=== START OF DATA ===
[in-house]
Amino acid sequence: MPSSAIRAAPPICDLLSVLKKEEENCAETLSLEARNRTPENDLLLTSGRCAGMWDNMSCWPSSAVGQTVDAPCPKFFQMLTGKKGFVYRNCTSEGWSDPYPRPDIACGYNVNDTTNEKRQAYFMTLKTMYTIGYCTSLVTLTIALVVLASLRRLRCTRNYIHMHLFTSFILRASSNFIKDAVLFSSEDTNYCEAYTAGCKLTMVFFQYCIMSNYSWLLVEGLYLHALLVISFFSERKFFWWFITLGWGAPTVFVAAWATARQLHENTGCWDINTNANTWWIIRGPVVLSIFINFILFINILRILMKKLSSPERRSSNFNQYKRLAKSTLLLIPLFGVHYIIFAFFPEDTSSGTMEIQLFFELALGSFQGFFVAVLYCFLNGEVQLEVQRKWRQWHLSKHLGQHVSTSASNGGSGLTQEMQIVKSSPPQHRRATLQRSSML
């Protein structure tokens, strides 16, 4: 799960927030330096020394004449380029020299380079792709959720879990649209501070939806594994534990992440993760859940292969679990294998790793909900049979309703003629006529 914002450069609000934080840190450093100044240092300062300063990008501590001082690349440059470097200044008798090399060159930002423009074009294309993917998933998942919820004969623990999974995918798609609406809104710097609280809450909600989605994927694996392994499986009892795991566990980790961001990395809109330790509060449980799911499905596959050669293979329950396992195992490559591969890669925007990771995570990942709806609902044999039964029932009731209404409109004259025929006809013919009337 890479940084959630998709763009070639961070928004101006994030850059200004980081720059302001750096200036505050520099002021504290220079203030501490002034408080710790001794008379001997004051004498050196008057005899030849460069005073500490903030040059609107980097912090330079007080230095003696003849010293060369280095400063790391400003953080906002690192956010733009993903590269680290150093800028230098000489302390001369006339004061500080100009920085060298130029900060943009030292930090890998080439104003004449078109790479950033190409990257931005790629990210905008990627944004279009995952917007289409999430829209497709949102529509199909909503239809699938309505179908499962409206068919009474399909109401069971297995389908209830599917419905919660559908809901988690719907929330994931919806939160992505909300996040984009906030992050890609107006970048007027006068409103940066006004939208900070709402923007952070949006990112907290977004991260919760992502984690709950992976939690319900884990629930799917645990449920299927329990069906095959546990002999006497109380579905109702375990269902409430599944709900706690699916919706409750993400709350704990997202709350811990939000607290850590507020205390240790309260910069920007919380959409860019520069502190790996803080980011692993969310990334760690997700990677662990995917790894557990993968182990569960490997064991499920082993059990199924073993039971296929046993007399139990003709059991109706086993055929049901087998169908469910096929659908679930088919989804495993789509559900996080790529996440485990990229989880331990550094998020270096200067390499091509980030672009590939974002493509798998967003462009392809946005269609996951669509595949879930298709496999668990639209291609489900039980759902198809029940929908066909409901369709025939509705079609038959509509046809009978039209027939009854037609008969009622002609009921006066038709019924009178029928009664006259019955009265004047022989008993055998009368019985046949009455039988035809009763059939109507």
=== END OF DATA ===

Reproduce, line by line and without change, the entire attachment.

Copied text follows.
[in-house]
Amino acid sequence: MPSSAIRAAPPICDLLSVLKKEEENCAETLSLEARNRTPENDLLLTSGRCAGMWDNMSCWPSSAVGQTVDAPCPKFFQMLTGKKGFVYRNCTSEGWSDPYPRPDIACGYNVNDTTNEKRQAYFMTLKTMYTIGYCTSLVTLTIALVVLASLRRLRCTRNYIHMHLFTSFILRASSNFIKDAVLFSSEDTNYCEAYTAGCKLTMVFFQYCIMSNYSWLLVEGLYLHALLVISFFSERKFFWWFITLGWGAPTVFVAAWATARQLHENTGCWDINTNANTWWIIRGPVVLSIFINFILFINILRILMKKLSSPERRSSNFNQYKRLAKSTLLLIPLFGVHYIIFAFFPEDTSSGTMEIQLFFELALGSFQGFFVAVLYCFLNGEVQLEVQRKWRQWHLSKHLGQHVSTSASNGGSGLTQEMQIVKSSPPQHRRATLQRSSML
């Protein structure tokens, strides 16, 4: 799960927030330096020394004449380029020299380079792709959720879990649209501070939806594994534990992440993760859940292969679990294998790793909900049979309703003629006529 914002450069609000934080840190450093100044240092300062300063990008501590001082690349440059470097200044008798090399060159930002423009074009294309993917998933998942919820004969623990999974995918798609609406809104710097609280809450909600989605994927694996392994499986009892795991566990980790961001990395809109330790509060449980799911499905596959050669293979329950396992195992490559591969890669925007990771995570990942709806609902044999039964029932009731209404409109004259025929006809013919009337 890479940084959630998709763009070639961070928004101006994030850059200004980081720059302001750096200036505050520099002021504290220079203030501490002034408080710790001794008379001997004051004498050196008057005899030849460069005073500490903030040059609107980097912090330079007080230095003696003849010293060369280095400063790391400003953080906002690192956010733009993903590269680290150093800028230098000489302390001369006339004061500080100009920085060298130029900060943009030292930090890998080439104003004449078109790479950033190409990257931005790629990210905008990627944004279009995952917007289409999430829209497709949102529509199909909503239809699938309505179908499962409206068919009474399909109401069971297995389908209830599917419905919660559908809901988690719907929330994931919806939160992505909300996040984009906030992050890609107006970048007027006068409103940066006004939208900070709402923007952070949006990112907290977004991260919760992502984690709950992976939690319900884990629930799917645990449920299927329990069906095959546990002999006497109380579905109702375990269902409430599944709900706690699916919706409750993400709350704990997202709350811990939000607290850590507020205390240790309260910069920007919380959409860019520069502190790996803080980011692993969310990334760690997700990677662990995917790894557990993968182990569960490997064991499920082993059990199924073993039971296929046993007399139990003709059991109706086993055929049901087998169908469910096929659908679930088919989804495993789509559900996080790529996440485990990229989880331990550094998020270096200067390499091509980030672009590939974002493509798998967003462009392809946005269609996951669509595949879930298709496999668990639209291609489900039980759902198809029940929908066909409901369709025939509705079609038959509509046809009978039209027939009854037609008969009622002609009921006066038709019924009178029928009664006259019955009265004047022989008993055998009368019985046949009455039988035809009763059939109507």